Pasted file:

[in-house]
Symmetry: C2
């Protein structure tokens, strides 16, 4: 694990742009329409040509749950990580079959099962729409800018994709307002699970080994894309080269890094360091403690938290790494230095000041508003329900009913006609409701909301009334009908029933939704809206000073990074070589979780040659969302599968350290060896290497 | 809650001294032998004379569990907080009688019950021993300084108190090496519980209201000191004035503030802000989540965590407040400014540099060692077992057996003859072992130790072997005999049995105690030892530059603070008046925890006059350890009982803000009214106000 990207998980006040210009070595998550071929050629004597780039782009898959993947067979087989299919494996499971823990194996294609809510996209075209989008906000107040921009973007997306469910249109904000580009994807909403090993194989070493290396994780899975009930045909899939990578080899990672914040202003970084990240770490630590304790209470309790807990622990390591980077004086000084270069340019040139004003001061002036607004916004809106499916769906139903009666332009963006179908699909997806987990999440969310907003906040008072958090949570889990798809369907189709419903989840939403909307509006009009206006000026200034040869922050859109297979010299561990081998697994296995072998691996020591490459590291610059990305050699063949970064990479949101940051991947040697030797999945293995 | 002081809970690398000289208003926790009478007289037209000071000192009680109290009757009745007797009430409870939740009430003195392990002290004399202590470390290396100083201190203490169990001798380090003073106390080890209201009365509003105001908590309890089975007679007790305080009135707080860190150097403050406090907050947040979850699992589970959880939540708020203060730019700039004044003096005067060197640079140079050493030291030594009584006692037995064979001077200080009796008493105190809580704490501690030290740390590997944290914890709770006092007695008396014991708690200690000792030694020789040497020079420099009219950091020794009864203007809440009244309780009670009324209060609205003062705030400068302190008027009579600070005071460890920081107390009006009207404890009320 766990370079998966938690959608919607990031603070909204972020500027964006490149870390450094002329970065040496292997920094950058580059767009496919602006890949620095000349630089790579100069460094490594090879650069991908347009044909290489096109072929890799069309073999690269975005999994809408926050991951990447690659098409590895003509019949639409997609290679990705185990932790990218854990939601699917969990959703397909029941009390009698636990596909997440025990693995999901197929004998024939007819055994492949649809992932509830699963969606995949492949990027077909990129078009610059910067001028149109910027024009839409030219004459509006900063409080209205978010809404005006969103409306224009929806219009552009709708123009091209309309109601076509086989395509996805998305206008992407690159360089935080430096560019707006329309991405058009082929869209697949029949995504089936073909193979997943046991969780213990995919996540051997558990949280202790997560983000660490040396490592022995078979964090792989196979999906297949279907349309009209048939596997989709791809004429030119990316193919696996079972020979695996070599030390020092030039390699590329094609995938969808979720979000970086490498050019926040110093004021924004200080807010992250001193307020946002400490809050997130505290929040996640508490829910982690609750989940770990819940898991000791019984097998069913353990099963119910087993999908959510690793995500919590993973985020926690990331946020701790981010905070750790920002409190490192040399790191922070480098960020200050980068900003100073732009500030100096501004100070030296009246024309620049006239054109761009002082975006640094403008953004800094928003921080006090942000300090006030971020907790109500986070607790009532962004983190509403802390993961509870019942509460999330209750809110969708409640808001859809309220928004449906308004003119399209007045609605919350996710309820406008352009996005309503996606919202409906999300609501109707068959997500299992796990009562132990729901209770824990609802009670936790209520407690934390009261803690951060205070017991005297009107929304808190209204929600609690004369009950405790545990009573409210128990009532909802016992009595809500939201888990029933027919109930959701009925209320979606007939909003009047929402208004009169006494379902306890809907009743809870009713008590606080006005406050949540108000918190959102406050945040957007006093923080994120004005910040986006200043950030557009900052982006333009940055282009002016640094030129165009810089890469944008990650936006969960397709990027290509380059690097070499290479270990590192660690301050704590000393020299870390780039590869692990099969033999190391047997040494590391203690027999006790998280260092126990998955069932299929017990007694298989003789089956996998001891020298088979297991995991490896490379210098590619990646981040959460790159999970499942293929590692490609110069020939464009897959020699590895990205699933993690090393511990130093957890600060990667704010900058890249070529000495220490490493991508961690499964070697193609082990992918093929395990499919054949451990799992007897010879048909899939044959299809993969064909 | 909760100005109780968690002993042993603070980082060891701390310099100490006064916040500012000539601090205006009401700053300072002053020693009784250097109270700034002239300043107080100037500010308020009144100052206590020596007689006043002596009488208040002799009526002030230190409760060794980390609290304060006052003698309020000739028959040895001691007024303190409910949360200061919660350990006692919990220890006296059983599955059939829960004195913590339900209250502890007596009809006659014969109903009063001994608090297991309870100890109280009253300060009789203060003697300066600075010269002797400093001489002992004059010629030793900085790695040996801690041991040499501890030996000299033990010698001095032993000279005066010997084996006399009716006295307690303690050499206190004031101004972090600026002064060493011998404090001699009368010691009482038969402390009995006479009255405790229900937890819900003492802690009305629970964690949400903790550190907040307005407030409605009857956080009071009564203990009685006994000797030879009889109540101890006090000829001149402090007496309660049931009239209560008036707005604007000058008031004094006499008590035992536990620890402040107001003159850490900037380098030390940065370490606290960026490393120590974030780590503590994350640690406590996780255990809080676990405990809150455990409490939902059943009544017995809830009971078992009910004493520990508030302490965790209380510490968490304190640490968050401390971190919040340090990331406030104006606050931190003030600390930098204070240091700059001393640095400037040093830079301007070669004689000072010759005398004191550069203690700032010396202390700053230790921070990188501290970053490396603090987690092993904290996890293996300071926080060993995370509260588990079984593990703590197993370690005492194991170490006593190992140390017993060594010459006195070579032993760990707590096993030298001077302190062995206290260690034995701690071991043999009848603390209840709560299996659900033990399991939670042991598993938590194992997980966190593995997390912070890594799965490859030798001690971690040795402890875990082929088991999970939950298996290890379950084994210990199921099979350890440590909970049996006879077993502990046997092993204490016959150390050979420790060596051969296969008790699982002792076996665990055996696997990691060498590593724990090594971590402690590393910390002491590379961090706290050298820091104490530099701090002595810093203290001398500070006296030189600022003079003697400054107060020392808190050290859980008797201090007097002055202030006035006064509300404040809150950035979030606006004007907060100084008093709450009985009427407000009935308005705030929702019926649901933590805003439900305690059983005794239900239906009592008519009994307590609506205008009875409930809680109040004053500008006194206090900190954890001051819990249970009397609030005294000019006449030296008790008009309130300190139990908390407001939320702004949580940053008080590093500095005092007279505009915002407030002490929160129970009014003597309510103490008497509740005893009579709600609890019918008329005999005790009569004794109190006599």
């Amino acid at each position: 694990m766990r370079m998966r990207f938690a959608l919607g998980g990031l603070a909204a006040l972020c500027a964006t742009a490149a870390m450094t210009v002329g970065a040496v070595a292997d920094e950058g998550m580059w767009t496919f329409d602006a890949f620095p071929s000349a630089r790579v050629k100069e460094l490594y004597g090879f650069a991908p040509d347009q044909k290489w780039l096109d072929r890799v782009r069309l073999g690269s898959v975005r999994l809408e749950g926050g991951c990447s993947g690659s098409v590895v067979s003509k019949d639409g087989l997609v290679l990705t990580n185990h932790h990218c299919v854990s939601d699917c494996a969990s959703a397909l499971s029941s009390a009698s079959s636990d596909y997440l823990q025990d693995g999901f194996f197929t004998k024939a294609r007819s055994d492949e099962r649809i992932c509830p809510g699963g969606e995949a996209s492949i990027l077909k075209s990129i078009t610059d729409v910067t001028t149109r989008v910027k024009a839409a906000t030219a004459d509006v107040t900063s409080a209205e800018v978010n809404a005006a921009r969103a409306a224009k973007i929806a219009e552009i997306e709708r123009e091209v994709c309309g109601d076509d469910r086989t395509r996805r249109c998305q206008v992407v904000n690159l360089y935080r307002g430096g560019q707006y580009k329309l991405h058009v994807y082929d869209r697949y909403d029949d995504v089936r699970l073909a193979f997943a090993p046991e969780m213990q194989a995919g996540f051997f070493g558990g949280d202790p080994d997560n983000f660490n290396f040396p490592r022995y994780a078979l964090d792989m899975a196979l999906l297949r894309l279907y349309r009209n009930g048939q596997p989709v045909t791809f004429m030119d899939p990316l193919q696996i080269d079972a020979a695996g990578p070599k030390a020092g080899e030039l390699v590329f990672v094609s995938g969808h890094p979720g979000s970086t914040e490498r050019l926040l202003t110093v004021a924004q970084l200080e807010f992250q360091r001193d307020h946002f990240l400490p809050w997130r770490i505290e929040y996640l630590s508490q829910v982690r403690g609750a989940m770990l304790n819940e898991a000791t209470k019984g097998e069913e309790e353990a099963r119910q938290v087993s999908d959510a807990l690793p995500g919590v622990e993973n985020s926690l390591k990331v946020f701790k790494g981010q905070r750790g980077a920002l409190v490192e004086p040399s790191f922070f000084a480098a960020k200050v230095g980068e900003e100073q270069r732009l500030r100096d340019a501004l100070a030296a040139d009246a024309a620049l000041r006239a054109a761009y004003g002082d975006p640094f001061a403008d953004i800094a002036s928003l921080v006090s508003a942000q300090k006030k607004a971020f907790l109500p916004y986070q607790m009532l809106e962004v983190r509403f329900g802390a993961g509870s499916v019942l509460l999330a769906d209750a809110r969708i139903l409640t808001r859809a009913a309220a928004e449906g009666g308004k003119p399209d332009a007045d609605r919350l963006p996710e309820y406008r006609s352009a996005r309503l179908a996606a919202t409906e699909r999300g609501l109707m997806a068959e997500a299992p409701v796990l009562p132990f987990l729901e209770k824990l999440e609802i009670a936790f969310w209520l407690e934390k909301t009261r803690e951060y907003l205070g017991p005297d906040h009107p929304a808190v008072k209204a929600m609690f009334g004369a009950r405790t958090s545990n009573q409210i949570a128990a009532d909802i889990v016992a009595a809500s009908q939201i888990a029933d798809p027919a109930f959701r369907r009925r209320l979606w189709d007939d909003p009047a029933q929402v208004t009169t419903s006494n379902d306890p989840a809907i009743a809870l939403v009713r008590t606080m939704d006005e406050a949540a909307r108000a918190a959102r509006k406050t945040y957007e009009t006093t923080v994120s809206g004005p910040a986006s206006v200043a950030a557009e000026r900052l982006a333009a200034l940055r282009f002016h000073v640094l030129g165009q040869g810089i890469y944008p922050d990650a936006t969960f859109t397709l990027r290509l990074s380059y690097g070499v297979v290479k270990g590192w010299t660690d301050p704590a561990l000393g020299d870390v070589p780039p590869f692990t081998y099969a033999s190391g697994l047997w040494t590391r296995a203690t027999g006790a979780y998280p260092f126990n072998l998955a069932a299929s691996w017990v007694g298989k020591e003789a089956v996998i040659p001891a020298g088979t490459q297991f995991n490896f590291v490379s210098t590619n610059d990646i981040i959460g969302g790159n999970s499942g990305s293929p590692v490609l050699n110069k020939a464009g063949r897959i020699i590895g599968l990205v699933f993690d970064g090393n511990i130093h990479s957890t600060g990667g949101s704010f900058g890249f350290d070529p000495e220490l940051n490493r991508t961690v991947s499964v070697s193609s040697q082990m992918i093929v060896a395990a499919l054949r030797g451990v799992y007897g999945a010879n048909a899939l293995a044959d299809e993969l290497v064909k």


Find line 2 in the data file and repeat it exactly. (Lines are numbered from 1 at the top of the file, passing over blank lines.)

Symmetry: C2